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Old 02-10-2024, 01:06 AM   #41
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Hi Glasswave:

Welcome to the forum.

I think your plan is sound. I wish to make two comments.

1. I am in full agreement with you about converting to a ROTH IRA, keeping in that 24% bracket. I agree with this so long as you have non IRA funds to pay the tax (you do) and it doesn't interfere with your lifestyle. Also, retiring young gives more time for tax free growth in the ROTH. Now, from a pure math perspective, you will probably (but not certainly) pay more in taxes this way but that number depends on lots of things, including future tax rates and the amount of growth your funds have over the years. Both of these factors are un-knowable.

But consider this. What if, at some future point, you needed to take a large chunk of money for some reason? Having a pool of tax free money allows you to do this without the many tax ramifications withdrawing a large chunk of money from a taxable account would have. If you had to, for some unknown future reason, pull a couple hundred thousand from a taxable account, the taxes that year would be high. Furthermore, it would change the amount you would have to pay for Medicare as "high income" folks pay more.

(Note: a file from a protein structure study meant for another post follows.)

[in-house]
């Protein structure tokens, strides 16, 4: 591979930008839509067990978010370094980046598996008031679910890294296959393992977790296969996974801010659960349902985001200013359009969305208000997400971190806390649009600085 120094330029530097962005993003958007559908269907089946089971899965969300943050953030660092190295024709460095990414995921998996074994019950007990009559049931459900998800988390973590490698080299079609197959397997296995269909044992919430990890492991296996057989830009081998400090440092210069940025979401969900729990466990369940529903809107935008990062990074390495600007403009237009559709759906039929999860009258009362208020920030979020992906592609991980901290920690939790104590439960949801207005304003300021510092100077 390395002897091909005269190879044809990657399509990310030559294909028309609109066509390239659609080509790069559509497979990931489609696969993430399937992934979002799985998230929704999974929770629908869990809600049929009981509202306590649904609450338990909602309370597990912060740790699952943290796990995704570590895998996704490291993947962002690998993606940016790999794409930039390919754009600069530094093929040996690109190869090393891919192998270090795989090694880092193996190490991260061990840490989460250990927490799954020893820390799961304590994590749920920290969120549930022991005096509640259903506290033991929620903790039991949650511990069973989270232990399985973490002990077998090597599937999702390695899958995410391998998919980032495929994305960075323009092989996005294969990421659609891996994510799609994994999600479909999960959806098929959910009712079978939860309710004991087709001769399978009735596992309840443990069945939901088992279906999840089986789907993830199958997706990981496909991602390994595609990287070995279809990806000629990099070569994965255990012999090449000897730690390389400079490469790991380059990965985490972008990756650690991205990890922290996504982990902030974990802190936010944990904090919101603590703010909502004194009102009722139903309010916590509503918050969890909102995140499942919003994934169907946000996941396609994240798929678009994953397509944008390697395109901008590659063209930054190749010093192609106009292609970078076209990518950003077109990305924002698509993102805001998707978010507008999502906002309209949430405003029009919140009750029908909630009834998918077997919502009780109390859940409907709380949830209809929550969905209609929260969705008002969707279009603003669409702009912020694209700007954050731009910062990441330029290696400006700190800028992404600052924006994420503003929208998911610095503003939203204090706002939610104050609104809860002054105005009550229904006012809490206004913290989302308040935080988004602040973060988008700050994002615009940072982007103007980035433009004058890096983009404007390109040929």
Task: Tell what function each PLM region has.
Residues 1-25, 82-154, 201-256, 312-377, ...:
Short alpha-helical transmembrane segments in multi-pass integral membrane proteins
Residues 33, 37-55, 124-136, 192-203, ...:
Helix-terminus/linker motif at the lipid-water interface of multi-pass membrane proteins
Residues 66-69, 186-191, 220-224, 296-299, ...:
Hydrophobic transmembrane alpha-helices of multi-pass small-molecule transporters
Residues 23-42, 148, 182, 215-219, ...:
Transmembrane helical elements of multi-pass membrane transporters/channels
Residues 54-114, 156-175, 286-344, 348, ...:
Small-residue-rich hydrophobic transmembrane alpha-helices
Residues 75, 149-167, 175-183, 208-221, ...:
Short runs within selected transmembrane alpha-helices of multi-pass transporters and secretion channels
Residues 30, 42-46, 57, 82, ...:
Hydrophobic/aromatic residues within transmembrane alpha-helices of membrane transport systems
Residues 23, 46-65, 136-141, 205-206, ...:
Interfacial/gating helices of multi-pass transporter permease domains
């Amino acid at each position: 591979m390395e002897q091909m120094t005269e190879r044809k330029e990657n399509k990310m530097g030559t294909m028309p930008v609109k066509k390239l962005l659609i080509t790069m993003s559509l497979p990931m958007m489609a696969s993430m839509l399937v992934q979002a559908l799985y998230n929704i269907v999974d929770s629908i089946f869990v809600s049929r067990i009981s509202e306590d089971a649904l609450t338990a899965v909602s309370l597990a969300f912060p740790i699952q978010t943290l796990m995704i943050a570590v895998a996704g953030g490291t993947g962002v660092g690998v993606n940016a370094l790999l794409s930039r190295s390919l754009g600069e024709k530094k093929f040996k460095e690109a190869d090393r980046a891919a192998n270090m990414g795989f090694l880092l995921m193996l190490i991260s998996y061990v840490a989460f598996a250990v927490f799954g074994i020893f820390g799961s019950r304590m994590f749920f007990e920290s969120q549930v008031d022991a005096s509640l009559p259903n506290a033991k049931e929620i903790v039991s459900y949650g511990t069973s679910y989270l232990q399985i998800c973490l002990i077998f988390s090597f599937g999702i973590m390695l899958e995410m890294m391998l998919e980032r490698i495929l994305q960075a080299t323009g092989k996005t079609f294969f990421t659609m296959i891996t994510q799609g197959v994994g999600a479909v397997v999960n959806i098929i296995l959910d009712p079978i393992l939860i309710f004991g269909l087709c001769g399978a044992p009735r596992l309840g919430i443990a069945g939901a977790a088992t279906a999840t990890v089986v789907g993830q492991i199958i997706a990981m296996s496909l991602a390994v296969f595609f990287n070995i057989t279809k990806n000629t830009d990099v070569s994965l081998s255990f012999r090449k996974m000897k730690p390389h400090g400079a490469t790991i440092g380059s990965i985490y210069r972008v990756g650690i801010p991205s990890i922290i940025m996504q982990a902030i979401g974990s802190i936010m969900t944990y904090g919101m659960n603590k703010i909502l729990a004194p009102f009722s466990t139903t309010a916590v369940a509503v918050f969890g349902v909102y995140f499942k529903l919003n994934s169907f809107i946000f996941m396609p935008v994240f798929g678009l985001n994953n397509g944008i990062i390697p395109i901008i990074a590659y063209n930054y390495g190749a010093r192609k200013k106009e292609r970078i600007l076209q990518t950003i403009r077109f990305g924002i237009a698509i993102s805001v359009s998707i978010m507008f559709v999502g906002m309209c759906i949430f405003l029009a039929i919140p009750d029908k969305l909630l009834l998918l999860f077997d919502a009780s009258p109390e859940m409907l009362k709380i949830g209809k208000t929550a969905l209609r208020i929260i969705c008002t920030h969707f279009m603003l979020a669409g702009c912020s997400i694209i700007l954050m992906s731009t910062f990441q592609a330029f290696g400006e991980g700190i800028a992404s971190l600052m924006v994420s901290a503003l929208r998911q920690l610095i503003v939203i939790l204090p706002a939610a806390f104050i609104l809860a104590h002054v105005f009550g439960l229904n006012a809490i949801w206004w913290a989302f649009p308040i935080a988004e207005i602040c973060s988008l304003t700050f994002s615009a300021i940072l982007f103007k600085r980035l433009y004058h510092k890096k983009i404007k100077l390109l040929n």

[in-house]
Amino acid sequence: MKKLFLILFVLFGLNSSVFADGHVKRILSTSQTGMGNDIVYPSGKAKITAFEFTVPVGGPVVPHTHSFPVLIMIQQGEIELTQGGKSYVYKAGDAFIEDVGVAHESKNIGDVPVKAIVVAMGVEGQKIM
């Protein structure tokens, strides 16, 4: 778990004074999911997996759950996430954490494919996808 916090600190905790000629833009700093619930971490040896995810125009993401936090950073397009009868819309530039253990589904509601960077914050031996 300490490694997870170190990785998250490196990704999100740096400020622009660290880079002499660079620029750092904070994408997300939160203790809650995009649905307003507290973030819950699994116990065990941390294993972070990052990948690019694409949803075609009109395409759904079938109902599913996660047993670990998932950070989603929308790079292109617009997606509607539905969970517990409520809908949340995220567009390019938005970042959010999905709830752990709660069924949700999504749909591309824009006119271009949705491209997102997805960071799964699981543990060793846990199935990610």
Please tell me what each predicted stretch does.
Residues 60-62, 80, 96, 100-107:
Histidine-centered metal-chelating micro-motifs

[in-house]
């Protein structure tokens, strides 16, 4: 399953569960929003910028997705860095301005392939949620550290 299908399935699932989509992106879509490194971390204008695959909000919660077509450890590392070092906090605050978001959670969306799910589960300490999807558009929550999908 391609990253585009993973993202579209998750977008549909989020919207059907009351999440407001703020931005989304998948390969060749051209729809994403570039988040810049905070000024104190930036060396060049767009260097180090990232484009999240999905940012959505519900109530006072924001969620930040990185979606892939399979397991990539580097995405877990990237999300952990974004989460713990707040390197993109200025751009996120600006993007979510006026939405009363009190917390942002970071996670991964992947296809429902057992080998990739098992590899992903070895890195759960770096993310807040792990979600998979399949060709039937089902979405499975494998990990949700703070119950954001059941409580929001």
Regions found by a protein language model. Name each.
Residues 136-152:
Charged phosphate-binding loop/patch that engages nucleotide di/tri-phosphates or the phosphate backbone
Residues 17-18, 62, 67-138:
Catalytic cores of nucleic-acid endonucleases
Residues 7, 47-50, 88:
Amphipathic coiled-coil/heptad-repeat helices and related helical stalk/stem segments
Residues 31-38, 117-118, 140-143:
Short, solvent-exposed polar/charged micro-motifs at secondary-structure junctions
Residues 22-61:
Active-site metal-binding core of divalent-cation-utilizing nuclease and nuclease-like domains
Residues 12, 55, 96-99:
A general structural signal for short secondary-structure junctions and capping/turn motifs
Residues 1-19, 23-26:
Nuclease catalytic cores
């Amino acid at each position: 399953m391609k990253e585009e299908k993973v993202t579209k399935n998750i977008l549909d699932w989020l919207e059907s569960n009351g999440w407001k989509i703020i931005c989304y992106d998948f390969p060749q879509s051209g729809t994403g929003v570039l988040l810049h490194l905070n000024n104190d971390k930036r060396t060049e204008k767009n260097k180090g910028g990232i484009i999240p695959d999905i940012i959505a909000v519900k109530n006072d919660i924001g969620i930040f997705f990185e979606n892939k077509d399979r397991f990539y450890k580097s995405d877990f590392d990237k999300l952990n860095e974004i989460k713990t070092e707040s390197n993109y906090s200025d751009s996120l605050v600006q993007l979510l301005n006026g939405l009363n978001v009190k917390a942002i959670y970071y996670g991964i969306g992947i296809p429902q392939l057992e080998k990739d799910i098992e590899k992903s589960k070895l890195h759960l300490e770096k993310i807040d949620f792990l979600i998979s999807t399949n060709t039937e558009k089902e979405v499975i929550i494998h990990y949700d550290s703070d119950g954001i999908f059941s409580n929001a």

From a risk management standpoint, I like getting that money out of the taxable account and into the ROTH, even if it is true that you (might) end up paying more in taxes.


2. Why are you set on taking Social Security at age 67? Have you considered and done the math on waiting three more short years until age 70? The math on this is pretty clear. Unless you have some health condition or family history, waiting until 70 gives you the highest lifetime payout. Think about it.


But overall I think you plan is great. Good Luck!
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Old 02-10-2024, 08:49 AM   #42
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Location: San Diego
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Quote:
Originally Posted by glasswave View Post
Hello all,
I fear that there is some blatantly stupid blind spot to this plan, so I am hoping the posters here can quickly point out the errors of my ways. Please forgive my newbie naivete, but when I finally landed my first good job that had a savings plan, a TIAA advisor said, "Stick your money in a growth fund and forget about it," so that's what I did. 15% of my gross year since 1994. I have only been looking at retirement for the last few years and seriously, only recently.

Hear goes:
67 is my full retirement age. (spring 2030).
I am hoping to take early retirement in June of 2025 at age 62, but I could work longer.
  • I should have about $190k in liquid savings by July of 2025.
  • I have about $945,000 in a (TIAA) tax deferred retirement savings account.
  • I can receive about $18k in salary for 5 years by taking early retirement at 62.
  • House is paid off, no other debt whatsoever.
  • I can stay on the employer health plan until Medicare kicks in at 65 for about $300/yr.
  • Id like $4k/mo for expenses from 62 to 67. $3k monthly living & $1k/mo towards trips and large purchases.

Preliminary Plan: